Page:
"Would the city make a request ..." says Rice, fishing for a consolation prize now that she and Anderson have reached an impasse.

"No, see, Maggie, no. We can't. That's like asking, that's like me requesting ..."

"You can't do it? Okay, well then I guess, could the city make a statement ..."

"... like requesting the gay and lesbian community carry ... "

"Right. Okay, okay, I get it."

" ... not carry the rainbow flag, which I mean, no, I never would."

"Would the city make a statement ..." Rice begins, then pauses, visibly irked. "To be fair, the rainbow flag has never been flown at any lynchings that I'm aware of. I think it's a very separate issue and I don't like the two being compared."

"No no no. I'm just saying ..." (Mayor Anderson contacted Scene the following day, apologizing for any possible misinterpretation. He said he never intended to compare the two flags and what they stood for. He said he was uneasy about the comment and that he thought Maggie was very gracious in her response.)

"These are not two special interest groups," Rice says firmly. "We're talking about racist violence and celebration of inclusion, two very different things. However, will the city of Willoughby say that they don't want to march under a Confederate flag in a parade? That's what it comes down to for me."

"We've never marched under a Confederate flag," Anderson says.

"I mean you did. You did this summer. I watched it happen."

"We did not," Anderson insists. "We did not."

"You don't see how the two, how putting 'City of Willoughby' and 'Confederate flag' next to each other — those two symbols — puts in the minds of the people watching the parade, including people of color, that one supports the other?"

"I think a couple of thousand people watched that parade, Maggie, and you're the only person that's asked me about it."

Indeed. The local reaction to Rice's Aug. 26 editorial in the local paper, neutrally titled "Flags and symbols, which may be harmless to some, can be offensive," was, with few exceptions, pretty hostile. Readers commented on both the News-Herald website and on Facebook, chastising the newspaper for only printing one side of a divisive issue and laying into Rice for the audacity to question the freedom of speech.

And though online commenters are hardly a representative sample, the sentiments of flag supporters in Willoughby echo a growing clangor of battle flag support all around the state.

To refresh, we live in the state of Ohio, which is a Union state.

But ever since Dylann Storm Roof murdered nine black people at the Emanuel African Methodist Episcopal church in South Carolina early this summer, the Confederate battle flag debate has been forcibly re-thrust into the national spotlight. Roof was seen in many published pictures brandishing or wearing the Confederate battle flag. His license plates bore the image of three of the flag's iterations.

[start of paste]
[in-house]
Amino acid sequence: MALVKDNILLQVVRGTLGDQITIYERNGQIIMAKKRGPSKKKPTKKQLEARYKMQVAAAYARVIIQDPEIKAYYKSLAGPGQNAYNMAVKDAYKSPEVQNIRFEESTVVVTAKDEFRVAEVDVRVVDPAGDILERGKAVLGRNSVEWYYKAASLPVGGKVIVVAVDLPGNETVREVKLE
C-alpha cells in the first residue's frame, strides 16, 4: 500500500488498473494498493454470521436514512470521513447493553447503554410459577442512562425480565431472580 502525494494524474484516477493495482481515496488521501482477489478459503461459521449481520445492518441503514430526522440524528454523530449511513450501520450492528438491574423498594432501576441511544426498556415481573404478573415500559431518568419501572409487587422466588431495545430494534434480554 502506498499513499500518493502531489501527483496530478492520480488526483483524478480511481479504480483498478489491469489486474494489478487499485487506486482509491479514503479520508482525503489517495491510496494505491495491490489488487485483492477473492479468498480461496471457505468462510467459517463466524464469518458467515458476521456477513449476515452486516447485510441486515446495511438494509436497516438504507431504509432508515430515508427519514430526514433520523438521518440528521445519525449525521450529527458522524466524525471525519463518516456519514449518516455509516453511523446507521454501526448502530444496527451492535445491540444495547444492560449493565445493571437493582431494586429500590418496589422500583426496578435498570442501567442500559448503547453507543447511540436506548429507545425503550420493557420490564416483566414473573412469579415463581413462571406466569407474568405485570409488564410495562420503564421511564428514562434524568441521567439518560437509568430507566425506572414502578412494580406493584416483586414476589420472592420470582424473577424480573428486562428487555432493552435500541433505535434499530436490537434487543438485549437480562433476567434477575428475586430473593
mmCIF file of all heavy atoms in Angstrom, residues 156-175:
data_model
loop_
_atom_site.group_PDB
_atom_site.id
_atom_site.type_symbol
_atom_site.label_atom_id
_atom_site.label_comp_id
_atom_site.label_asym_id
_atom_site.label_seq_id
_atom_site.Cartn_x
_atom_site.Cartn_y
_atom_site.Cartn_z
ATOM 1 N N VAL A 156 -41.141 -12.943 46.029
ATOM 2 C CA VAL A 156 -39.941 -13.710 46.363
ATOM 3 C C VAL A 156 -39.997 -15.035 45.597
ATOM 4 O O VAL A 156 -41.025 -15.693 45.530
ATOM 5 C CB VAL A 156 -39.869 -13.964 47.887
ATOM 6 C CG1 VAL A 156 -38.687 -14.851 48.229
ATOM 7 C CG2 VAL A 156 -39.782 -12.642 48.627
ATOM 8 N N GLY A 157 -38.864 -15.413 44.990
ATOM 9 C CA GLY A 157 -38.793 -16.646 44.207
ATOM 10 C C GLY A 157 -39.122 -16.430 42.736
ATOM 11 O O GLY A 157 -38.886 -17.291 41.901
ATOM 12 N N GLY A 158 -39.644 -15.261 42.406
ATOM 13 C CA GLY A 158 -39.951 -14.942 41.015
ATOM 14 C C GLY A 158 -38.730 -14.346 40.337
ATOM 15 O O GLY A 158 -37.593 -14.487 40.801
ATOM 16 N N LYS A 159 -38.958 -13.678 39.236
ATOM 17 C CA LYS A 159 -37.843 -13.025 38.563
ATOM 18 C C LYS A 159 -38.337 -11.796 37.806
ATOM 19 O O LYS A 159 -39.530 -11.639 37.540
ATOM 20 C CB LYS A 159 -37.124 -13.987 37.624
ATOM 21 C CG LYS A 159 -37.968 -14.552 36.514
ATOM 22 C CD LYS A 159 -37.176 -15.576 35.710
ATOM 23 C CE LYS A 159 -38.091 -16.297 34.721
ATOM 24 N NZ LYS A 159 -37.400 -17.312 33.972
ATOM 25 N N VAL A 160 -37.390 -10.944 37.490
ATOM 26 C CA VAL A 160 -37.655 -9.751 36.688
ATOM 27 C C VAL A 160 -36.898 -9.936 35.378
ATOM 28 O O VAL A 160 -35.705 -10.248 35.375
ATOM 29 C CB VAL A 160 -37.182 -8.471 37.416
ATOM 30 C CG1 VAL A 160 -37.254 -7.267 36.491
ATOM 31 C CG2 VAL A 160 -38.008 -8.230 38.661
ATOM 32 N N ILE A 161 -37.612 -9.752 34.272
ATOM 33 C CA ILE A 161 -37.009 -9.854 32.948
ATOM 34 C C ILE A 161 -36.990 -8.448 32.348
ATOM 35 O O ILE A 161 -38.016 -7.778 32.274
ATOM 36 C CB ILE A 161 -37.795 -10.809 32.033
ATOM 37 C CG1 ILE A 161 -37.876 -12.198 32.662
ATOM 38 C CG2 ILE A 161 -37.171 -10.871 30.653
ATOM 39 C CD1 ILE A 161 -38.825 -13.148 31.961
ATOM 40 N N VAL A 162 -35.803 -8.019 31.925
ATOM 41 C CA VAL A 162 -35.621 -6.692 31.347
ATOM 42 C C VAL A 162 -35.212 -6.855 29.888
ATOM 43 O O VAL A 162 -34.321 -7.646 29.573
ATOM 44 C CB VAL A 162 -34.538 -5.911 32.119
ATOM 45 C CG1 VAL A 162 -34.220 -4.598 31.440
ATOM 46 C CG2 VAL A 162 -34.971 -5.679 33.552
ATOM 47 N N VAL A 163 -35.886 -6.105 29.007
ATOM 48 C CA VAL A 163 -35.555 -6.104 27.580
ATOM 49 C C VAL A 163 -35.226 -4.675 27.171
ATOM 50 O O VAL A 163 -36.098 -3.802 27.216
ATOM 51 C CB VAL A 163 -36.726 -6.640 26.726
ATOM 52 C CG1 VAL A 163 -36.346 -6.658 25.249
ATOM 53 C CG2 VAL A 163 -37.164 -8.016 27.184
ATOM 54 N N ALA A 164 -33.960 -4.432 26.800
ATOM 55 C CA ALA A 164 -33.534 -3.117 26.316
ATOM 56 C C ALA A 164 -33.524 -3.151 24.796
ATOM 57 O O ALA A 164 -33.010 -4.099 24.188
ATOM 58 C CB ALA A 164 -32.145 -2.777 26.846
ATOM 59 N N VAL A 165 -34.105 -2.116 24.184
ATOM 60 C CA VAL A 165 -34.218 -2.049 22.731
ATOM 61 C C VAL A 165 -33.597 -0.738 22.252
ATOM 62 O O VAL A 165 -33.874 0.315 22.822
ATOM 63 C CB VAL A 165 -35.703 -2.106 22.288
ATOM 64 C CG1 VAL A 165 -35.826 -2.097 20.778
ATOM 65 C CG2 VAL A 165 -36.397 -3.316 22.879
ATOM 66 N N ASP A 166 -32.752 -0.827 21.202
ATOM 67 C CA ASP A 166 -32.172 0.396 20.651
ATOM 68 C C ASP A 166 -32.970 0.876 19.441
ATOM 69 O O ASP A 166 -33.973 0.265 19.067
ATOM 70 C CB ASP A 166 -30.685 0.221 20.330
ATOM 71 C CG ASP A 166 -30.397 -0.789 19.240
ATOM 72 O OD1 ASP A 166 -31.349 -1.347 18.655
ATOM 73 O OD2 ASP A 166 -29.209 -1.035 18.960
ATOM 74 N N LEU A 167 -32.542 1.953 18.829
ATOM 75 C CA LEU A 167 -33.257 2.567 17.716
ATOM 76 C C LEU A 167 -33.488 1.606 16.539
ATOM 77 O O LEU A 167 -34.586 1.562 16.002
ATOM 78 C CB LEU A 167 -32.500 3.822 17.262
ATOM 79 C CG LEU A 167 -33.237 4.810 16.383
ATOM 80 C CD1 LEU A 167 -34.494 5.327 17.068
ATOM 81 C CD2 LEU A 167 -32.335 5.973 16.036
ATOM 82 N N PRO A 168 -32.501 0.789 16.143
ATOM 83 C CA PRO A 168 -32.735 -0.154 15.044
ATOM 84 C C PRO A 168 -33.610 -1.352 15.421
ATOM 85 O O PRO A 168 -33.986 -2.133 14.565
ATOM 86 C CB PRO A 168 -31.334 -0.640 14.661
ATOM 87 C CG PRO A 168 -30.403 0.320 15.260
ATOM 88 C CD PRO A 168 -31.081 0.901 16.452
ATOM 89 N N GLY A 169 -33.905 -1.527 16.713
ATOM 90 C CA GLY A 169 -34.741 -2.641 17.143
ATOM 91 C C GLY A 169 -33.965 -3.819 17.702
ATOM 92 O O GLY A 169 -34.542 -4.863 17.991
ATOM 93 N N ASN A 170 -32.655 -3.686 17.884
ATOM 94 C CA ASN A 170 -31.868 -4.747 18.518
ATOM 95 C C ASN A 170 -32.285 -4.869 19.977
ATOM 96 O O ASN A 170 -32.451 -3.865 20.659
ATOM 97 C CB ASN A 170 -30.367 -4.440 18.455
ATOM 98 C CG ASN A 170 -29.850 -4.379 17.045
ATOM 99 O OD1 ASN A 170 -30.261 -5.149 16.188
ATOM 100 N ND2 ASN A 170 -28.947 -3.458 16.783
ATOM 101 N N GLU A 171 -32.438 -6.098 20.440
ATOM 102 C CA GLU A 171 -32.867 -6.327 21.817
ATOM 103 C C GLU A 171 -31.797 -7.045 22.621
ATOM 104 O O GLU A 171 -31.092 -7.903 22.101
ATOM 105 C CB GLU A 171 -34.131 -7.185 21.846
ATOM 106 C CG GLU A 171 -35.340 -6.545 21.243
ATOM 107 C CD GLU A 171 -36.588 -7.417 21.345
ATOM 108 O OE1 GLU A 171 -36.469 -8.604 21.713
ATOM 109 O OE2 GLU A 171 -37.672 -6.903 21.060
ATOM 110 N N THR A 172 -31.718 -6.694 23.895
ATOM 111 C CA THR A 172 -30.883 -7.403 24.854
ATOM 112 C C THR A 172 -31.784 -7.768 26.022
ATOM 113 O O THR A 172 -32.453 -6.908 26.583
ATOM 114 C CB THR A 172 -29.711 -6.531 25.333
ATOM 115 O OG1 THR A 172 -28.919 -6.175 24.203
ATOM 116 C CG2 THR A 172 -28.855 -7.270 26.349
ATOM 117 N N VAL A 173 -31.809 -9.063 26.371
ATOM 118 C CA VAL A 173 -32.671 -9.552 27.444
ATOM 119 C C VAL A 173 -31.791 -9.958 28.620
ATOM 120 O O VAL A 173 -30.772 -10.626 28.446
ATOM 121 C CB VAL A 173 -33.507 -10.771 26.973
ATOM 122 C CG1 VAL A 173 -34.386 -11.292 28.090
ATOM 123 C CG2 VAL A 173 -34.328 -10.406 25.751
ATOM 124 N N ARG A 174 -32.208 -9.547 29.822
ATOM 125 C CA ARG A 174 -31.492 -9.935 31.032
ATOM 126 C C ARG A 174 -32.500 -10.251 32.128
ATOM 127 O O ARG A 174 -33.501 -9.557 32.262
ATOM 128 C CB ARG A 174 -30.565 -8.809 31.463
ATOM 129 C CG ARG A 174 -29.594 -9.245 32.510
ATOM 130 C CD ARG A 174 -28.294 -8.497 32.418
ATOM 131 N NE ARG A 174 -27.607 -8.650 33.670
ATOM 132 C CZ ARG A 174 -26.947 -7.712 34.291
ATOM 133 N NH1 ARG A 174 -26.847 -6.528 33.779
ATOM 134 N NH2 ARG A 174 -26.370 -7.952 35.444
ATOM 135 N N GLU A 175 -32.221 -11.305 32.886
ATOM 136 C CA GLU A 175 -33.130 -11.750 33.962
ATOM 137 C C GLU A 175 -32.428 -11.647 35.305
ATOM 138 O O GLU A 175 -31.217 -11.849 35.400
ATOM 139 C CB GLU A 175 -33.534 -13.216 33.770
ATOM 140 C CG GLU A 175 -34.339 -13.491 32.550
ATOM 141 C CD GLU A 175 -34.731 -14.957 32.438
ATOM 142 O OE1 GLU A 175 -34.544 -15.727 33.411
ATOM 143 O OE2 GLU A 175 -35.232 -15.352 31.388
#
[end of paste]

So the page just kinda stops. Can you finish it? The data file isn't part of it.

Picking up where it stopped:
In the wake of the massacre, Confederate flag supporters have crawled out of the woodwork, in Ohio and elsewhere, to publicize their support for Southern heritage, and to assert that the flag had absolutely nothing to do with Dylann Roof and his actions.

South Carolina, for its part, removed the Confederate flag from its statehouse grounds in July, where it had flown since 1961. Similar actions were taken across the South: in Alabama, Florida, on the campus of the University of Mississippi. Equal and opposite protests mushroomed in response, and questions about the flag's place in the American past and present have even trickled into the discourse of presidential candidacies. John Kasich, for one, said he supported South Carolina's decision to remove the flag.

But these conversations, which tend to be heated, aren't just happening in the South.

In Bucyrus, Ohio, in late August, a small group of local flag supporters held a parade that one organizer said wouldn't have been possible without the momentum generated by South Carolina. Until this summer, they'd only ever been able to gather five or 10 vehicles for a demonstration.

In Norwalk, Ohio (just south of Sandusky), a group called the North Central Ohio Confederate Supporters now hosts a monthly rally outside the Huron County Courthouse. Organizer Ray Back told the Sandusky Register that his group is exercising its free speech rights, and that the members are eager to educate "ignorant" passersby.

In Port Clinton, the police chief got heat for wearing a gaudy Confederate flag vest, and then for refusing to apologize. The local NAACP chapter chimed in to say that the item was especially insensitive, given the rocky relations between the black community and law enforcement.

Out west of Cleveland, a Lorain County Confederate Support Group emerged after county Democrats withdrew from the fair when they heard Confederate flags would be displayed and sold. The group now solicits support on its Facebook page where its mission is described thusly: "Lorain County Confederate Support Group is here to educate people of the meaning of the Confederate flag and be the voice of souhthern herritage support [sic]."